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Guest Viewpoints

Reflection from His Metropolitan Gerasimos for Independence Day

SAN FRANCISCO – Metropolitan Gerasimos of San Francisco offered a Reflection for the faithful on the ocassion of the celebration of Independence Day. The full text follows:

Each year on July 4 we celebrate the Independence of this great nation, the United States of America. We think of it as a summer holiday, a celebration with parades, backyard barbeques and, after sunset, we gaze at the spectacle of the evening sky with fireworks. When the 56 representatives from 13 colonies met [in] Congress to declare their independence from England, they opened a new trajectory for humanity with the assertion that “all men are created equal” and that governments are created by the people “deriving their powers from the consent of the governed.” The Declaration of Independence is considered one of the most significant documents in our country’s history, which led to the Constitution and the Bill of Rights which govern our nation today.

Gaining our independence, our freedom, as a nation, came with opportunities but also presented challenges. Over the years, there have been hard-fought wars, the Great Depression, the [Great Recession], terrorism, natural disasters, and even our most recent pandemic. Through it all, we have stood tall, just as Lady Liberty does in the New York Harbor, raising her flame to light the way for us, to never lose hope, and to persevere through all circumstances.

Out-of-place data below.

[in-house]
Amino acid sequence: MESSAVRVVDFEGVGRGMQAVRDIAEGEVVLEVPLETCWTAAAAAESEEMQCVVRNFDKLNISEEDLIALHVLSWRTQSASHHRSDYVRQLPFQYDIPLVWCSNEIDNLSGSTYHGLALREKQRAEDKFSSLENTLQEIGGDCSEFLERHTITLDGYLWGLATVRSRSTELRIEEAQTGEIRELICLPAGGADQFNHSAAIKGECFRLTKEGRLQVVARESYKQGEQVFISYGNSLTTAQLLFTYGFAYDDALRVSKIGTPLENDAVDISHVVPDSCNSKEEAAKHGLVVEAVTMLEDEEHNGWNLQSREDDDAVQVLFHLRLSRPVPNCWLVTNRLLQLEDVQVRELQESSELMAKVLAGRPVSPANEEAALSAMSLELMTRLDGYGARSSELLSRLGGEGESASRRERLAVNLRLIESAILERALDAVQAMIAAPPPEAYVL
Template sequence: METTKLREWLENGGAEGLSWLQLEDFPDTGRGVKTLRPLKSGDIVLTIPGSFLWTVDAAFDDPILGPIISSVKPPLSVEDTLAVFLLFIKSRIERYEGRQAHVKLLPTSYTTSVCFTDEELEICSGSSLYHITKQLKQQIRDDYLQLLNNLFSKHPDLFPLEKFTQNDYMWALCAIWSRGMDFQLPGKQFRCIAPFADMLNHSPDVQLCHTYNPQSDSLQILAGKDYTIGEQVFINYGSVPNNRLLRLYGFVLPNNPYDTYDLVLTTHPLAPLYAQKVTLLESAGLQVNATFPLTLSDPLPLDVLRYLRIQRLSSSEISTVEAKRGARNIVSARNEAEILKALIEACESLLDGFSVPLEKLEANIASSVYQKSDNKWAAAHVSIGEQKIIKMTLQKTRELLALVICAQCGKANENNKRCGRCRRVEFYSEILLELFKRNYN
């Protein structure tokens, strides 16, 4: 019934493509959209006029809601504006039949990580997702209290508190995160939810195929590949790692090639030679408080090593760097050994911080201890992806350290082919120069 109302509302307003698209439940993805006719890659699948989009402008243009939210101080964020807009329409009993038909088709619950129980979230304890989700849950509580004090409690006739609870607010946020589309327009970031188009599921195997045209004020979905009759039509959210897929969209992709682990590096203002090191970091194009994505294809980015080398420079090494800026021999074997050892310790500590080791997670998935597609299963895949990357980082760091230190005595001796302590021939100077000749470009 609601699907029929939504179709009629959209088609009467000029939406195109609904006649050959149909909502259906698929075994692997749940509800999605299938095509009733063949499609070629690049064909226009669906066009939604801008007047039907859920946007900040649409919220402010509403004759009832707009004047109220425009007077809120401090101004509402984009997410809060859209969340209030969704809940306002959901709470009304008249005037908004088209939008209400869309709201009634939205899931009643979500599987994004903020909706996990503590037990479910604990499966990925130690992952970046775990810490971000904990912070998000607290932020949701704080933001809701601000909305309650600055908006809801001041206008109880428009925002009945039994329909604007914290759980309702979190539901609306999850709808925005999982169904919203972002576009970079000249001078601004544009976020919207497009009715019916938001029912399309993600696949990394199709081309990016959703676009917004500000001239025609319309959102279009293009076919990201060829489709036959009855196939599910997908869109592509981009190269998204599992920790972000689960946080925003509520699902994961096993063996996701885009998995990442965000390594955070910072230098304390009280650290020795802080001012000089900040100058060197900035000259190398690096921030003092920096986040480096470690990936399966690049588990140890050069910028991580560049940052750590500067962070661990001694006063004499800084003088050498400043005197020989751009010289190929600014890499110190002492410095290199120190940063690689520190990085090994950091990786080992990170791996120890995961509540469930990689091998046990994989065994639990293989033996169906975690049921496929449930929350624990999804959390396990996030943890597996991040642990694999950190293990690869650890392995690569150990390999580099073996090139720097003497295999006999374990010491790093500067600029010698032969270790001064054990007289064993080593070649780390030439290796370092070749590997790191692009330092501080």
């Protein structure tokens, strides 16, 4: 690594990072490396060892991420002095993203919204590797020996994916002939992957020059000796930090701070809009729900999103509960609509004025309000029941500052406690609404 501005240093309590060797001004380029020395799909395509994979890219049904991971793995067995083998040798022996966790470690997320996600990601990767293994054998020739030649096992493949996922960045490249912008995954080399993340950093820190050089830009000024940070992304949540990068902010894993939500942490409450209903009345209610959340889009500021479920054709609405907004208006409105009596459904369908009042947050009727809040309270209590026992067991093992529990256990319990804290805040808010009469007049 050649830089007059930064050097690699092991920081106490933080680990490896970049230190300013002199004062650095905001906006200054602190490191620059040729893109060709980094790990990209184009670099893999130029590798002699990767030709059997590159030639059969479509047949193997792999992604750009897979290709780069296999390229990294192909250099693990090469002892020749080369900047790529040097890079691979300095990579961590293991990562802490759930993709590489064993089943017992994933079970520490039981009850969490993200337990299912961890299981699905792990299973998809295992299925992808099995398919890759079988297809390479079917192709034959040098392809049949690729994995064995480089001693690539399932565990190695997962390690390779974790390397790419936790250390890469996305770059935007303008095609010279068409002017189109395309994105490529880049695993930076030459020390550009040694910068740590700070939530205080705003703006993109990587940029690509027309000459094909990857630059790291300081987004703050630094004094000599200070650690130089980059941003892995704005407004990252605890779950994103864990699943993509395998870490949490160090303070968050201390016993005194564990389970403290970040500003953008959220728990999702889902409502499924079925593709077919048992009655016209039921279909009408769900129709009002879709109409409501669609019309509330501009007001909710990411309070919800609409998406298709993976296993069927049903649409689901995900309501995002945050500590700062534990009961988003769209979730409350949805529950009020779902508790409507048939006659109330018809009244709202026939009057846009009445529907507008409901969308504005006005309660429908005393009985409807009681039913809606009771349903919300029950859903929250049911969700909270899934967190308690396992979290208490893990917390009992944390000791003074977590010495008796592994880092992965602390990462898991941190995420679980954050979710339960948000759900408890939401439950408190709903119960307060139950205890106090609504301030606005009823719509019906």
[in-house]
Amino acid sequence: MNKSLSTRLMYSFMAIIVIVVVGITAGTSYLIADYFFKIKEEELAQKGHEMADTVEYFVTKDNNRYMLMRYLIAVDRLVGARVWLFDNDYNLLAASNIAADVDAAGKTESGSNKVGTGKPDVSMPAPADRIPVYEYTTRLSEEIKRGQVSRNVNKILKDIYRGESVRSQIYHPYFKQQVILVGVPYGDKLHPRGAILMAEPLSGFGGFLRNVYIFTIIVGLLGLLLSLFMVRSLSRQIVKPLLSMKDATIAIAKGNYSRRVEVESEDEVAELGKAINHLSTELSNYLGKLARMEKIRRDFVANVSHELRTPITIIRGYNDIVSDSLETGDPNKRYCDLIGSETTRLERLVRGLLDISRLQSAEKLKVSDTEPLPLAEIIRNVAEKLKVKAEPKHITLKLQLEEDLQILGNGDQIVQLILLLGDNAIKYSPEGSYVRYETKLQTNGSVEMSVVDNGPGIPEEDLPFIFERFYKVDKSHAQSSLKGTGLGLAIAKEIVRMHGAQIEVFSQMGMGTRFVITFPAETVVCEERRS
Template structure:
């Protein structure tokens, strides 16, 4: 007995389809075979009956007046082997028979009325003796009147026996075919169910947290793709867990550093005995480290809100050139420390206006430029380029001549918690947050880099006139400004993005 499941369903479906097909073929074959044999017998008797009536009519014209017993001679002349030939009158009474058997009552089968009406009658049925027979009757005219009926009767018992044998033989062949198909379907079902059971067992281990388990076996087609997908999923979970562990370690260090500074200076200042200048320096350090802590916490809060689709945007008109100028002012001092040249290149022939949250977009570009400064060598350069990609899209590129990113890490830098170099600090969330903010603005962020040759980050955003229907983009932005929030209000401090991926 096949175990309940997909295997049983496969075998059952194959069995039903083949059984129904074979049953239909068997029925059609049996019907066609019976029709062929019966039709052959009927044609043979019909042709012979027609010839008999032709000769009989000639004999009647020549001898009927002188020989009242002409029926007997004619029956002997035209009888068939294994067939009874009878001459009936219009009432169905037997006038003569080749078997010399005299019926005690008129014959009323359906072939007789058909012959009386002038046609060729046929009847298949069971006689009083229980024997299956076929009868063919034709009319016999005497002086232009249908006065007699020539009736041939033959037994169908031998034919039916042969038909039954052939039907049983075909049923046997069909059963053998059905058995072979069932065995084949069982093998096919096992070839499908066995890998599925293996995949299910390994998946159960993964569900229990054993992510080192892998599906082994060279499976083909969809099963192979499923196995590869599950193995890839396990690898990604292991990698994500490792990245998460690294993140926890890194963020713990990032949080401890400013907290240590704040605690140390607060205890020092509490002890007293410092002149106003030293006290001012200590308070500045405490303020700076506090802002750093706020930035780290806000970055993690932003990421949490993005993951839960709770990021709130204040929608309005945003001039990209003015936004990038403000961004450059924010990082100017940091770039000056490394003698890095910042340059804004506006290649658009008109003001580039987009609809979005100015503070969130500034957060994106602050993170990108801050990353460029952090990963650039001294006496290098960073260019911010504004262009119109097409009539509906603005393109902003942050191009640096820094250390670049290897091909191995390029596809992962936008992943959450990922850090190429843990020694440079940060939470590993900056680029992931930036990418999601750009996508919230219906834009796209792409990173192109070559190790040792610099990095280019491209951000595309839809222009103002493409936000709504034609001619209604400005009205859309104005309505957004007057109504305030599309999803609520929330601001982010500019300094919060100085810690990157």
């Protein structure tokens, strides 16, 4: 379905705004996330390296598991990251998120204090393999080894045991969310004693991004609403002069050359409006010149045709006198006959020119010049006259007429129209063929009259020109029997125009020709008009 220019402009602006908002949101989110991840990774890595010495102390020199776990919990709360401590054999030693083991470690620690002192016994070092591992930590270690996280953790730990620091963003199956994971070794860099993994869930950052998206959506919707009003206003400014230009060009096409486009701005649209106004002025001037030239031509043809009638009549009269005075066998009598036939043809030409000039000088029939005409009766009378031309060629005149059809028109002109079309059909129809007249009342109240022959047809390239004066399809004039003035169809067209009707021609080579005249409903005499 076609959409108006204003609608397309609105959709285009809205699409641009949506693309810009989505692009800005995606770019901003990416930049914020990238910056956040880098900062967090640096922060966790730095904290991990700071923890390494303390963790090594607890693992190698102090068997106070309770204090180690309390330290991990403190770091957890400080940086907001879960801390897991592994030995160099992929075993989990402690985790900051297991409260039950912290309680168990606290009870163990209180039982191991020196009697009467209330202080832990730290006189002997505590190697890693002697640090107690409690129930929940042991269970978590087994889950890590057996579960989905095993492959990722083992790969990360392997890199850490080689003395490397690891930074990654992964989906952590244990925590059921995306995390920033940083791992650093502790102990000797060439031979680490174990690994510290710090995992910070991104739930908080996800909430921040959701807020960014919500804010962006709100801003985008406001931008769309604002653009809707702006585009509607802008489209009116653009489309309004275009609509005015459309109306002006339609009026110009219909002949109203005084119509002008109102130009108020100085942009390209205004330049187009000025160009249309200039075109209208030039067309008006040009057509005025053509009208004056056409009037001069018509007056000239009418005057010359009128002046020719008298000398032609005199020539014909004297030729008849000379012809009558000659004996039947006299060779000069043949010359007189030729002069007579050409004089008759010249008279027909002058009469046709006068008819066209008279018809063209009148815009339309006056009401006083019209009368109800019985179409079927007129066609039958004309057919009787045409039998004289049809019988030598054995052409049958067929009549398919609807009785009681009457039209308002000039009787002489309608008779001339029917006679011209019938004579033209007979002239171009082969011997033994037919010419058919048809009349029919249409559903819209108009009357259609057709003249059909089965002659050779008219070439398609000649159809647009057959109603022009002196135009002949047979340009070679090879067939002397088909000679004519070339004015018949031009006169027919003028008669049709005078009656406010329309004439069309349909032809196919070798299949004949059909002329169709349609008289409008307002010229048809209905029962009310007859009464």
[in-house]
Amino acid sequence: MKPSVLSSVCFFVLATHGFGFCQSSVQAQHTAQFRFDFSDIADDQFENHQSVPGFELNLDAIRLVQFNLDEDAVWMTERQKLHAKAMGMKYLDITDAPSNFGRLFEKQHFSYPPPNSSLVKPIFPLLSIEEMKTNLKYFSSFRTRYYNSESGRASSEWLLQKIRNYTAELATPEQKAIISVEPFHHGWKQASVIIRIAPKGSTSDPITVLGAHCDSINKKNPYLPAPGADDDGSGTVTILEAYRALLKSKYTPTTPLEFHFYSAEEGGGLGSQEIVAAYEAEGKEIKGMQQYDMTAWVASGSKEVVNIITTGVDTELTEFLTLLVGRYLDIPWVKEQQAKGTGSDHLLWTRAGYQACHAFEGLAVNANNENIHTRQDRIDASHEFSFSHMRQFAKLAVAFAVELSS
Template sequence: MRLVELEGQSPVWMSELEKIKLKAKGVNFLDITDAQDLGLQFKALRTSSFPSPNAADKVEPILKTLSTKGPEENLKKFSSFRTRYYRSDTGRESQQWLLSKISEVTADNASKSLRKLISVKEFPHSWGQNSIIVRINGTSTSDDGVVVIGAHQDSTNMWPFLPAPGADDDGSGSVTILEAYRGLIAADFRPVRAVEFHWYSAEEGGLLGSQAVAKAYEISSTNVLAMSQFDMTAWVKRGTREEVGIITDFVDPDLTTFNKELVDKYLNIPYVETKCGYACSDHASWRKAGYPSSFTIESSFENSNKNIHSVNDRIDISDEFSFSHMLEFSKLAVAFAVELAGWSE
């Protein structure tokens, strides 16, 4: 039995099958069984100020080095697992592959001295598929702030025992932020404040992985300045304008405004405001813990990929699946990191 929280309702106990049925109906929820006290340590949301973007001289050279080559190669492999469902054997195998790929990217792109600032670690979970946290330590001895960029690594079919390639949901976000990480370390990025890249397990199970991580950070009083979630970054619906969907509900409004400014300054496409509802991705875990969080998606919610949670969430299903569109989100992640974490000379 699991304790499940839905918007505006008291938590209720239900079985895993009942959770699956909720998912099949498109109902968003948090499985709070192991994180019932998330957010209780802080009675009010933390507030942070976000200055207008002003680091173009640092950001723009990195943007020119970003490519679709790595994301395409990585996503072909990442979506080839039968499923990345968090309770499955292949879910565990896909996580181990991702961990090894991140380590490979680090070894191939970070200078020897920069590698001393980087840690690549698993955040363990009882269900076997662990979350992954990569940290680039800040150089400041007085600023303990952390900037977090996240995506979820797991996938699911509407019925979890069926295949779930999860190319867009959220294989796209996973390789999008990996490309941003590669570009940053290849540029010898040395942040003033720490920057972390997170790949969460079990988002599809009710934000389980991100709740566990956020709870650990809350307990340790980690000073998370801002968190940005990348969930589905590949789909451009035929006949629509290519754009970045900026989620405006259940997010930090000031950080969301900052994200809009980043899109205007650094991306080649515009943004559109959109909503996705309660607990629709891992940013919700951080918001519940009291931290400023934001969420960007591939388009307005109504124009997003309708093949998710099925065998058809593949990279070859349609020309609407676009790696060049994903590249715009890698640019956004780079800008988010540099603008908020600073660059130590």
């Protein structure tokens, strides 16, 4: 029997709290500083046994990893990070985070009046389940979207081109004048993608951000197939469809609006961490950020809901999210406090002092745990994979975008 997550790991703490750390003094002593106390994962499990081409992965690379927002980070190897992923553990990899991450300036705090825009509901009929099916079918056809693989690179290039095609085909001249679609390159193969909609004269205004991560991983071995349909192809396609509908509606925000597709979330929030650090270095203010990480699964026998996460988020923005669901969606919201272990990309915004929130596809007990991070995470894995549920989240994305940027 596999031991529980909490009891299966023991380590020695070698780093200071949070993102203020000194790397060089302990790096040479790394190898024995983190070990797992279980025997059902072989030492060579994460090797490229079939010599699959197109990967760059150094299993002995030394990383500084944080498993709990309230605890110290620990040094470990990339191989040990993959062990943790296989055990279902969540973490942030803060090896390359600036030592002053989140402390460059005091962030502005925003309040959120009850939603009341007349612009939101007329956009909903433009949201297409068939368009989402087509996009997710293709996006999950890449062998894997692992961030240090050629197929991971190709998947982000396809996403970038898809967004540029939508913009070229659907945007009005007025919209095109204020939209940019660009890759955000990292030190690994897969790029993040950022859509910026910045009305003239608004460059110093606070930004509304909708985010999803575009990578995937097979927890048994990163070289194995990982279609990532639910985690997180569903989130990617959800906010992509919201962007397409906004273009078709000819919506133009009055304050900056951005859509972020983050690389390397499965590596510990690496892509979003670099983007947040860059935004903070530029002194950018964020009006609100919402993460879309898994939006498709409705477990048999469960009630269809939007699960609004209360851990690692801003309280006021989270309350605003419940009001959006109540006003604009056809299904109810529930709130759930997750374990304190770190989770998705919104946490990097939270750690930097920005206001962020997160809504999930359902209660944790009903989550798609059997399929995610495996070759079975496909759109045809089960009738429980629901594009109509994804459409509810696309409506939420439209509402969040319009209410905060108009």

We are not just citizens of this land, but we are also part of the greater Kingdom that God has prepared for us. Saint Paul writes to the Philippians, “For our citizenship is in heaven, from which we also eagerly wait for the Savior, the Lord Jesus Christ” (Philippians 3:20). While we have laws that govern us and guide our actions to preserve and protect our freedoms, so does God give us direction for our lives, with the Ten Commandments, and the teachings He imparted during His time on Earth. Freedom may seem readily accessible, but it is something to be earned, something to be nurtured, and something for which to be grateful.

In the past nearly 18 months, we experienced what it feels like to have freedom taken from us. For the most part, we were confined to our homes. Kitchens and bedrooms became offices. Computer monitors became our place of worship. The evening news became a harbinger of sadness, relaying statistics of sickness and death. Now, we give thanks that this experience is moving behind us, and we can once again worship as a Body of Christ, giving thanks for the freedom to experience the fullness of the Church through the Liturgy and Holy Sacraments.

As we look to Independence Day and its significance for our nation, let us remember the words of our forefathers who crafted such a powerful message to govern this country, and may our hearts be filled with gratitude as we honor those who fought for our freedom and the freedom of those around the world. Let us also remember an even greater message, that from the Lord Himself, “If you abide in My word, you are My disciples indeed. And you shall know the truth, and the truth shall make you free” (John 8:31).

God bless you and may God Bless America!

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